The rescue of 15 hostages held captive by Columbian rebels was the second biggest news story last week in terms of press coverage (8% of all news). Overall, 17% of the public followed news about the hostage rescue very closely and one-in-ten (11%) called it their top story. This story generated less public interest than news about British sailors held captive for two weeks by the Iranian government in the spring of 2007. Three-in-ten (31%) followed that story very closely during the first week of April, 2007.

The conflicts in Iraq and Afghanistan attracted modest public interest. Last week, one-in-four Americans followed the situation in Iraq very closely and for 8% Iraq was the story they followed most closely. Iraq coverage accounted for 3% of the all news last week. The military effort in Afghanistan was followed very closely by 19% of the public and 2% cited Afghanistan as their top story. News organizations devoted 2% of all coverage to the war in Afghanistan.

Computer software mogul Bill Gates announced last week that he would step down as CEO of the Microsoft Corporation. About one-in-ten (13%) Americans heard a lot about his decision, while most heard either a little (45%) or nothing at all (42%) about this.

These findings are based on the most recent installment of the weekly News Interest Index, an ongoing project of the Pew Research Center for the People & the Press. The index, building on the Center’s longstanding research into public attentiveness to major news stories, examines news interest as it relates to the news media’s agenda. The weekly survey is conducted in conjunction with The Project for Excellence in Journalism’s News Coverage Index, which monitors the news reported by major newspaper, television, radio and online news outlets on an ongoing basis. In the most recent week, data relating to news coverage was collected from June 30 – July 6 and survey data measuring public interest in the top news stories of the week was collected June 3-7 from a nationally representative sample of 1,002 adults.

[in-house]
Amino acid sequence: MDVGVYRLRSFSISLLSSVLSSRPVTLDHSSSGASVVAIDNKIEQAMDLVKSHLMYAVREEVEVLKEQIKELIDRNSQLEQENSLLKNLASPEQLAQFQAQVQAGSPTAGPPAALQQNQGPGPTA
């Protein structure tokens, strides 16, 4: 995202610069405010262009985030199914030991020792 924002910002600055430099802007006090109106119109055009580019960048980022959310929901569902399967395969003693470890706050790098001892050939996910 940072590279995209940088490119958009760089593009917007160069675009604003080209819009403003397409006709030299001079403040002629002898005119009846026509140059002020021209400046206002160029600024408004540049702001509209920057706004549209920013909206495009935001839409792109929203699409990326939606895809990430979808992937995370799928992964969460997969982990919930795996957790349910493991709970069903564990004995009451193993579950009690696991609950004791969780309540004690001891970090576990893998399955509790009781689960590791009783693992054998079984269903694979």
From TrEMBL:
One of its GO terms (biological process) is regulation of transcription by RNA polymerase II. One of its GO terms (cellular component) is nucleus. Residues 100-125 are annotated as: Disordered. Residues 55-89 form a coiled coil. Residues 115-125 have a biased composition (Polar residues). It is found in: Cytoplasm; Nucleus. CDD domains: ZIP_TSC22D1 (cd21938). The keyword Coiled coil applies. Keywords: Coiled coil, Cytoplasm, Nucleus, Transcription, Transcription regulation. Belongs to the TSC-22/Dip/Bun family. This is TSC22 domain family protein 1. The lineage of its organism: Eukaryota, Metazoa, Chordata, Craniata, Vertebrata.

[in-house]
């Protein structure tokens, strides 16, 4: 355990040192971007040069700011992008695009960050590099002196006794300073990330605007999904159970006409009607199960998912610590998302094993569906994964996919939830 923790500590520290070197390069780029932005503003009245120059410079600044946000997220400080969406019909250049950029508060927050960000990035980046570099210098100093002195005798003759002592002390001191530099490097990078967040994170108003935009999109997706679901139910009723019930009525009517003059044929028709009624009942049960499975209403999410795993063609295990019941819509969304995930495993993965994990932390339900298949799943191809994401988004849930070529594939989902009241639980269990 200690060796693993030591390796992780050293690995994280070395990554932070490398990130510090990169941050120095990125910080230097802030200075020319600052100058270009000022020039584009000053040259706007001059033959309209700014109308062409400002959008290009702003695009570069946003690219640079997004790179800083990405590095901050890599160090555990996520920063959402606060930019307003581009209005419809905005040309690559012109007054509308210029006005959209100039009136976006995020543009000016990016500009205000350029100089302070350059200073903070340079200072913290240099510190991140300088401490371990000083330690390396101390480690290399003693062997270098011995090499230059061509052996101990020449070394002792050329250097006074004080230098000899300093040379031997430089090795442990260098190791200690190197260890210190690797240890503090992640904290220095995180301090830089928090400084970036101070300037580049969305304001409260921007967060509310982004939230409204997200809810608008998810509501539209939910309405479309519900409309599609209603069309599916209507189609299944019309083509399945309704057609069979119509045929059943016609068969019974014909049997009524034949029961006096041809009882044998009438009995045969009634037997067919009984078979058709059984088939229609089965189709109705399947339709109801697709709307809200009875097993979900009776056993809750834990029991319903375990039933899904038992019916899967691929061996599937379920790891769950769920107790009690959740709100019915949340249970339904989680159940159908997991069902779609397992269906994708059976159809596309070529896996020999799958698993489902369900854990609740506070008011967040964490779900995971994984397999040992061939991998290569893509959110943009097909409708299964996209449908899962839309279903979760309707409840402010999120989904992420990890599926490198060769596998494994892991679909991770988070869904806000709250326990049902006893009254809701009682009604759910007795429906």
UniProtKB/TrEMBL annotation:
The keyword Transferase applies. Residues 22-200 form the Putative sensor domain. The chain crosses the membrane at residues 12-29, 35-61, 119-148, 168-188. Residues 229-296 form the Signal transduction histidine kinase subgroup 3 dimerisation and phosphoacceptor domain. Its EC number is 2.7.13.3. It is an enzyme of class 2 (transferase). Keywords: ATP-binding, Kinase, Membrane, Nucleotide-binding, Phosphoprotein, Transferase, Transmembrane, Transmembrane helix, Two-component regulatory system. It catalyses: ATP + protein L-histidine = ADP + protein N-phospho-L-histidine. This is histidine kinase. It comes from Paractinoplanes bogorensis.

About the News Interest Index

The News Interest Index is a weekly survey conducted by the Pew Research Center for the People & the Press aimed at gauging the public’s interest in and reaction to major news events.

This project has been undertaken in conjunction with the Project for Excellence in Journalism’s News Coverage Index, an ongoing content analysis of the news. The News Coverage Index catalogues the news from top news organizations across five major sectors of the media: newspapers, network television, cable television, radio and the internet. Each week (from Sunday through Friday) PEJ will compile this data to identify the top stories for the week. The News Interest Index survey will collect data from Friday through Monday to gauge public interest in the most covered stories of the week.

Results for the weekly surveys are based on telephone interviews among a nationwide sample of approximately 1,000 adults, 18 years of age or older, conducted under the direction of ORC (Opinion Research Corporation). For results based on the total sample, one can say with 95% confidence that the error attributable to sampling is plus or minus 3.5 percentage points.

In addition to sampling error, one should bear in mind that question wording and practical difficulties in conducting surveys can introduce error or bias into the findings of opinion polls, and that results based on subgroups will have larger margins of error.

For more information about the Project for Excellence in Journalism’s News Coverage Index, go to